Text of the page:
THE BLOG

Detention Debate: It's Time for a Time Limit

15/09/2015 11:02 | Updated 11 September 2016

Yesterday, 10th September 2015, Parliament sat down to debate detention for asylum seekers and refugees.

Impassioned pleas were made by over 25 MPs, from the Conservatives, Labour, Liberal Democrats and Scottish National Party. All MPs who spoke commended the report and called for radical change to the detention system. There was unanimous support for the recommendation of a 28 day time limit, and particular speeches condemning the detention of women who have faced rape, sexual abuse or who are pregnant.

Many commented how detention was worse than prison, because in prisons you count down the time to your freedom, whereas when detained you can only count up how many days you have been deprived of liberty. In addition, the lack of legal representation and access to justice means that few asylum seekers are able to challenge their detention whilst detained. This leads to some detention lengths topping three years. Further the majority of detainees were still granted asylum in Britain, bringing into question the point of their detention in the first place.

Harrowing statistics and stories we're also raised by the MPs. Seema Malhorta MP stated that on arrival at Yarl's Wood, 50% of women reported feeling suicidal. Paula Sherriff MP reported that 40% of detained women self-harmed, and 20% attempted suicide. Jess Phillips MP spoke of her constituent, a queer woman from Nigeria, who was trafficked to Britain as a sex worker but didn't qualify for protection as she knew the man who trafficked her to the nation. Others reported parents separated from children, wives from husbands, and children from the nation they were raised in once they turned 18.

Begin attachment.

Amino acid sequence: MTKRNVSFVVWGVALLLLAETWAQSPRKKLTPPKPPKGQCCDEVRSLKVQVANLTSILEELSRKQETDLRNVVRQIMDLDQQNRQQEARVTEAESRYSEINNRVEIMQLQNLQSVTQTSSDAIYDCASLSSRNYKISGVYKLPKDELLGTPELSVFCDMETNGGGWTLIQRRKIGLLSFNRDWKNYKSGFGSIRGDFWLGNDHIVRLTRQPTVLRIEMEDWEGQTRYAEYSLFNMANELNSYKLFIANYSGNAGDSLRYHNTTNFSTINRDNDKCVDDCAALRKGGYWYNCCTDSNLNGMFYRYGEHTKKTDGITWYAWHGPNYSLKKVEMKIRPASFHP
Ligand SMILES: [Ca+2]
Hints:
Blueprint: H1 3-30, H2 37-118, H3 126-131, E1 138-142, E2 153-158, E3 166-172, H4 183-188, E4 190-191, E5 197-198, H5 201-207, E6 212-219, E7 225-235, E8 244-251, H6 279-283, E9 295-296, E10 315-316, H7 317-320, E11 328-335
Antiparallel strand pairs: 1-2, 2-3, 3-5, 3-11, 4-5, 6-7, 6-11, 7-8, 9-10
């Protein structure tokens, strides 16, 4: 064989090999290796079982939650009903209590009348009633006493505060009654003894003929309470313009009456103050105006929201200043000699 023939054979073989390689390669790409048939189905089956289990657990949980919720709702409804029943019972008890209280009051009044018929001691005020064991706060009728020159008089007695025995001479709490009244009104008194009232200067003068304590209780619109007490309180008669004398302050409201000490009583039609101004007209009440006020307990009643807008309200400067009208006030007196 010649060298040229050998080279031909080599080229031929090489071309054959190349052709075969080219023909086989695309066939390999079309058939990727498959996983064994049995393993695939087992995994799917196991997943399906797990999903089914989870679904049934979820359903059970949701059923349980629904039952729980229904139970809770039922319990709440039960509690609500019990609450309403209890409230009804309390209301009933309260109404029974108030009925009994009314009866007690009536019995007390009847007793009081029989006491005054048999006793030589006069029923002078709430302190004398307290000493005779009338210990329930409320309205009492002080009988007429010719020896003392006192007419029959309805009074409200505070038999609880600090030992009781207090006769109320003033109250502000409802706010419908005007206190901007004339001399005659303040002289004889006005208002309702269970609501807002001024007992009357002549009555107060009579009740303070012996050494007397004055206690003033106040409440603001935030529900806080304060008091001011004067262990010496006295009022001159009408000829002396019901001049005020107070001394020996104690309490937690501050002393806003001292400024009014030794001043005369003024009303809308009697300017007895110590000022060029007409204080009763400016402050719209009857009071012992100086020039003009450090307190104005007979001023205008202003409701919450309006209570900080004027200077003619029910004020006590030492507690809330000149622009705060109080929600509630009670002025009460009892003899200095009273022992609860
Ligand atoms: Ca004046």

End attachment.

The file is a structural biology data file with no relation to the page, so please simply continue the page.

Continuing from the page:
MPs also highlighted that the government has paid out £15 Million to refugees who have successfully won cases that stated their detention was unlawful. The great cost to the government of breaking the law should be clear to them.

With the widespread support from MPs, activists, charities and former detainees, the home office minister, James Brokenshire MP, stated that "there is more we can do" on the topic on detention. He has commended the report and will make sure that the casework of asylum seekers and detainees is looked at. However, despite the fact that all MPs said that the 28 day detention time limit is the most significant step the government can take, he denied that the government currently is indefinitely detaining people and called for a reasonable timeframe for different people facing different circumstances. This is wholly disappointing, and ensures that Britain will continue to be the only EU nation without a time limit on detention.

The cross-party support for a time limit, and the support for liberty, human rights and the wellbeing of the men, women and children does mean that there is still, as MP Kate Osamor put it "a conscience of the nation" in our back-bench MPs. Those with detention centres in their constituencies continue to be advocates for change in the system, which many including conservative MP Richard Fuller described as "costly, ineffective and unjust".

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This post originally appeared at http://www.renecassin.org/detention-debate-in-parliament/